As you stroll through the grounds of the Bermuda Aquarium, Museum & Zoo (BAMZ), you might wonder how the birds, reptiles, mammals and aquatic species you encounter there came to call BAMZ home. You may be surprised to know that adding animals to the zoo collection is a continual effort that can take upwards of two years per animal, family or breeding pair.

“Animal availability is subject to many factors, but once specific animals are identified, the work begins to obtain the necessary permits to move the animals,” said BAMZ Curator Dr. Ian Walker. “This can be a very lengthy process, sometimes up to 18 months, depending on the species. The permit is restricted to the specific animals and partnering institutions and typically has a maximum six-month validity.”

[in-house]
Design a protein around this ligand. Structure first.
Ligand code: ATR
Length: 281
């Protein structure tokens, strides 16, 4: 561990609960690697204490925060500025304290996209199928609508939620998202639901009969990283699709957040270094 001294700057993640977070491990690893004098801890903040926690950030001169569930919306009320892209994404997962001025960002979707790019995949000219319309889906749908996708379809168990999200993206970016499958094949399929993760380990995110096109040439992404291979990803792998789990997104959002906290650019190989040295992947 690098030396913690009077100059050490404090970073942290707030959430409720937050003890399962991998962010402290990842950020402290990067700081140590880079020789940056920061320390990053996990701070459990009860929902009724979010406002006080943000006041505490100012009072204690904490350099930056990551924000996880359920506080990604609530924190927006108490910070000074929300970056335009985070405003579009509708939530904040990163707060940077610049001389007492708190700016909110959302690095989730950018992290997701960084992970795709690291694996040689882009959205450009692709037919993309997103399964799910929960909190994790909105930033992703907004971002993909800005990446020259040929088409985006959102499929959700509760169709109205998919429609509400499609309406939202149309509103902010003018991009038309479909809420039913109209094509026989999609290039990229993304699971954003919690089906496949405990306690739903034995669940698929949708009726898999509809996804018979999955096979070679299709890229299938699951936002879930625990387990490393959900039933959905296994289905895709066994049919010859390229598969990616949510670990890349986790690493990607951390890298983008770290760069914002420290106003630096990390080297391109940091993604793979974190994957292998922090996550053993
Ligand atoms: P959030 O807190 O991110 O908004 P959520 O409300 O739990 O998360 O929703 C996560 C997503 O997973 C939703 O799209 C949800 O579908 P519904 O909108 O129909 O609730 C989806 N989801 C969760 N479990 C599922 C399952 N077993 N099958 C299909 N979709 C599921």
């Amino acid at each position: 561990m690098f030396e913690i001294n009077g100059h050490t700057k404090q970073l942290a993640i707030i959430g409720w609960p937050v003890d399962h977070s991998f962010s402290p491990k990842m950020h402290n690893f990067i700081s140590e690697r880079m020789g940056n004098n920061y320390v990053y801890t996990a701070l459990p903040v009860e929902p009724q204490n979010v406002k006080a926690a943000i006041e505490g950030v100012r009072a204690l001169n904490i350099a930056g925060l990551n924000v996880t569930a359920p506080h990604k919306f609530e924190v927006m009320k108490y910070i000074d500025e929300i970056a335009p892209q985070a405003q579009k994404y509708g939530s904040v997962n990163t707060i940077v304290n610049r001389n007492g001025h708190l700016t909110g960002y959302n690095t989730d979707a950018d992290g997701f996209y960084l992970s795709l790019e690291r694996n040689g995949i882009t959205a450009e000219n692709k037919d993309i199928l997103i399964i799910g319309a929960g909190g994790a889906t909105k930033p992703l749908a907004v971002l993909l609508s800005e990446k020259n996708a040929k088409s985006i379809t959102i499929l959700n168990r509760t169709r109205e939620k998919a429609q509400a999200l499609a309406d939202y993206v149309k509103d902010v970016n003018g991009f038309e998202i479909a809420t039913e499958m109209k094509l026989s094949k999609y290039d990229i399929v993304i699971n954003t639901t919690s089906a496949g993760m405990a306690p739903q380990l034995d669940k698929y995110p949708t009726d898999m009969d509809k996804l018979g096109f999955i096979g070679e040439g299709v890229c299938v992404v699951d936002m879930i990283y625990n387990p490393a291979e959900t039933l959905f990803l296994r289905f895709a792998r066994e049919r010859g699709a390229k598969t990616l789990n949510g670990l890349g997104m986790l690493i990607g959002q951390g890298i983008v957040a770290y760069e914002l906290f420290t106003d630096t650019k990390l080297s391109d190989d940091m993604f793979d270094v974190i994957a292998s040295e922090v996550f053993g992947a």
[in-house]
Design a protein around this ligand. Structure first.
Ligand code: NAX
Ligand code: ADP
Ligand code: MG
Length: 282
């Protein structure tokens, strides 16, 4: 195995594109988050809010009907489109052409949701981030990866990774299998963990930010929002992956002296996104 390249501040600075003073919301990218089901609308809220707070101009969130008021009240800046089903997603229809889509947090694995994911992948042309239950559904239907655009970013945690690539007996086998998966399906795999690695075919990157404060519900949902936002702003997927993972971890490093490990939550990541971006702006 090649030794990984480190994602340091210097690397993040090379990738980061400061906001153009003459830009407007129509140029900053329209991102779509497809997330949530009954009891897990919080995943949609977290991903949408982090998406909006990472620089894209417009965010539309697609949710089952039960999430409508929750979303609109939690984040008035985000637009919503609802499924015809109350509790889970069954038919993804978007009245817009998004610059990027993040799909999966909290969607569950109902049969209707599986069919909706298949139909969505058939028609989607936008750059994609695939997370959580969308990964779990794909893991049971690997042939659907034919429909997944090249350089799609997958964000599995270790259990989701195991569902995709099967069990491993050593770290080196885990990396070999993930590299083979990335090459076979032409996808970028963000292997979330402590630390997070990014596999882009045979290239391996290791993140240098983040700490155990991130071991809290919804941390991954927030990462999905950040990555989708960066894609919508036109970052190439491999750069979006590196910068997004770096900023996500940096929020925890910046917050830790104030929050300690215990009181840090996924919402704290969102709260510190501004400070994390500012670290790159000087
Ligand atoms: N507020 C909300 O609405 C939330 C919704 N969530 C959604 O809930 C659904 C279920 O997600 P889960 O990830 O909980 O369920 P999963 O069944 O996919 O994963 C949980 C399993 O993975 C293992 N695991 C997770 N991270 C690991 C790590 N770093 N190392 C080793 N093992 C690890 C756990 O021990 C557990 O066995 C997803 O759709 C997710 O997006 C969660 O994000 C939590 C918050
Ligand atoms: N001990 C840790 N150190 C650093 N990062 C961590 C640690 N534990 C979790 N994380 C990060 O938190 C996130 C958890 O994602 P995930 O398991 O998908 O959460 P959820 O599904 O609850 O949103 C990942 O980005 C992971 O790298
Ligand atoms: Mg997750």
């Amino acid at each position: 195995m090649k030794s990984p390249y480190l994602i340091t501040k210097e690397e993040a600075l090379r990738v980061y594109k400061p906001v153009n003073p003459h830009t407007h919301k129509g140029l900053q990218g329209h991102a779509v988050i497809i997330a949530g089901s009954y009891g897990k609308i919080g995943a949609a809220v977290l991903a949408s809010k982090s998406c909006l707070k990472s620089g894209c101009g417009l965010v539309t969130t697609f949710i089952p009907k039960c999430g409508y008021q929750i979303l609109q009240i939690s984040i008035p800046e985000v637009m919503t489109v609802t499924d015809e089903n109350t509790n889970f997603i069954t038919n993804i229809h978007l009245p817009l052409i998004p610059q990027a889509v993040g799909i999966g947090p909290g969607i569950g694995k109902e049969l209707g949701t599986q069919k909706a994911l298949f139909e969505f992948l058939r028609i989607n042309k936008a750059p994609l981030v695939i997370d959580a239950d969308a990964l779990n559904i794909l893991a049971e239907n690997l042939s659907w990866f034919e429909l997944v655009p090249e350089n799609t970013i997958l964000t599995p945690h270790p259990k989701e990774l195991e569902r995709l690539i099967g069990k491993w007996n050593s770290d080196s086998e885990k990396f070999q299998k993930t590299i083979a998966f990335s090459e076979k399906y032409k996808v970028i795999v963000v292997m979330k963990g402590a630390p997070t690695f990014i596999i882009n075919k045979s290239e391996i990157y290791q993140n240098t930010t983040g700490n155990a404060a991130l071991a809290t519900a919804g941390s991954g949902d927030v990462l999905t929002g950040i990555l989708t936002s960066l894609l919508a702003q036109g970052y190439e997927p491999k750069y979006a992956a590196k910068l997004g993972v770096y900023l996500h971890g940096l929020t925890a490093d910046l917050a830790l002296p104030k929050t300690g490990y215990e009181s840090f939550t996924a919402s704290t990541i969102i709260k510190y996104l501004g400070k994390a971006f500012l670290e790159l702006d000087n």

Recently, three red ruffed lemurs were relocated to Bermuda from the Bronx Zoo in New York. The animals get their name from the deep red colour on their soft fur. The siblings — Atticus, a male, and two females named Scout and Finch — were named after the best- selling book To Kill a Mockingbird.

When selecting which animals to pair with the ring-tailed lemurs that already called BAMZ home, the zoo conducted careful research to determine the best fit. The red ruffed lemurs were chosen based on a recommended list from the Association of Zoos and Aquariums. After a 30-day quarantine, the new residents joined their ring-tailed friends; and now they all roam free at the zoo’s Madagascar exhibit to the delight of visitors. Here, you can learn more about lemurs and what can be done to protect these amazing animals and their habitat.

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